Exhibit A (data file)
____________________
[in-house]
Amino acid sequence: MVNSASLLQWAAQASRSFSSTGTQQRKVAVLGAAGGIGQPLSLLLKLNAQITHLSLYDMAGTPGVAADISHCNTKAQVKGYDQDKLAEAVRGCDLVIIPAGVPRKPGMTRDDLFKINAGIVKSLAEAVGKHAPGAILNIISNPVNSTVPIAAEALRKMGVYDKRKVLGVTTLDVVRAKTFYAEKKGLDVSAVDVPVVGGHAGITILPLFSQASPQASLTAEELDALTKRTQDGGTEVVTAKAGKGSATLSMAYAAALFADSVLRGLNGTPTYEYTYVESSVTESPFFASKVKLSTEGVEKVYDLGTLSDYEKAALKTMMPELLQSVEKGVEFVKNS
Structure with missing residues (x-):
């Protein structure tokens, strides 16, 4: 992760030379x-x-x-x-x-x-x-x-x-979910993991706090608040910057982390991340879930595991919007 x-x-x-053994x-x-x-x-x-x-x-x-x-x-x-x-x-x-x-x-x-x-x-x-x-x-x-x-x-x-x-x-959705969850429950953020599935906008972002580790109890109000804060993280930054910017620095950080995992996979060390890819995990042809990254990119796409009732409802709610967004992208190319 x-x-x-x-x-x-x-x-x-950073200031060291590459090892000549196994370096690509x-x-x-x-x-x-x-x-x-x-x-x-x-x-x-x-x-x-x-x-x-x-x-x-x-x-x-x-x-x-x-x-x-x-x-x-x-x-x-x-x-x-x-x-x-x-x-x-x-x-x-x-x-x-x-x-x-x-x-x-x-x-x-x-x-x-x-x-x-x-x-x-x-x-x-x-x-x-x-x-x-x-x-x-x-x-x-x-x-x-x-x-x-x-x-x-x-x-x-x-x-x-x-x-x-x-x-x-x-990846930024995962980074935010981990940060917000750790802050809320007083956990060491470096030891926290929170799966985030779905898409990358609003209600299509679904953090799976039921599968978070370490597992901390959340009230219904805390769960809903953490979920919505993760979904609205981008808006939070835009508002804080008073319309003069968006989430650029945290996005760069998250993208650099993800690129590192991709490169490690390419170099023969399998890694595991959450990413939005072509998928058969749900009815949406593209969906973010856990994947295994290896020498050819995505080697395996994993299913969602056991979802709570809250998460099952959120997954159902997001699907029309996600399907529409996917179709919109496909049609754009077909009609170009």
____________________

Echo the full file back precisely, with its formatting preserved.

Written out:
[in-house]
Amino acid sequence: MVNSASLLQWAAQASRSFSSTGTQQRKVAVLGAAGGIGQPLSLLLKLNAQITHLSLYDMAGTPGVAADISHCNTKAQVKGYDQDKLAEAVRGCDLVIIPAGVPRKPGMTRDDLFKINAGIVKSLAEAVGKHAPGAILNIISNPVNSTVPIAAEALRKMGVYDKRKVLGVTTLDVVRAKTFYAEKKGLDVSAVDVPVVGGHAGITILPLFSQASPQASLTAEELDALTKRTQDGGTEVVTAKAGKGSATLSMAYAAALFADSVLRGLNGTPTYEYTYVESSVTESPFFASKVKLSTEGVEKVYDLGTLSDYEKAALKTMMPELLQSVEKGVEFVKNS
Structure with missing residues (x-):
């Protein structure tokens, strides 16, 4: 992760030379x-x-x-x-x-x-x-x-x-979910993991706090608040910057982390991340879930595991919007 x-x-x-053994x-x-x-x-x-x-x-x-x-x-x-x-x-x-x-x-x-x-x-x-x-x-x-x-x-x-x-x-959705969850429950953020599935906008972002580790109890109000804060993280930054910017620095950080995992996979060390890819995990042809990254990119796409009732409802709610967004992208190319 x-x-x-x-x-x-x-x-x-950073200031060291590459090892000549196994370096690509x-x-x-x-x-x-x-x-x-x-x-x-x-x-x-x-x-x-x-x-x-x-x-x-x-x-x-x-x-x-x-x-x-x-x-x-x-x-x-x-x-x-x-x-x-x-x-x-x-x-x-x-x-x-x-x-x-x-x-x-x-x-x-x-x-x-x-x-x-x-x-x-x-x-x-x-x-x-x-x-x-x-x-x-x-x-x-x-x-x-x-x-x-x-x-x-x-x-x-x-x-x-x-x-x-x-x-x-x-990846930024995962980074935010981990940060917000750790802050809320007083956990060491470096030891926290929170799966985030779905898409990358609003209600299509679904953090799976039921599968978070370490597992901390959340009230219904805390769960809903953490979920919505993760979904609205981008808006939070835009508002804080008073319309003069968006989430650029945290996005760069998250993208650099993800690129590192991709490169490690390419170099023969399998890694595991959450990413939005072509998928058969749900009815949406593209969906973010856990994947295994290896020498050819995505080697395996994993299913969602056991979802709570809250998460099952959120997954159902997001699907029309996600399907529409996917179709919109496909049609754009077909009609170009």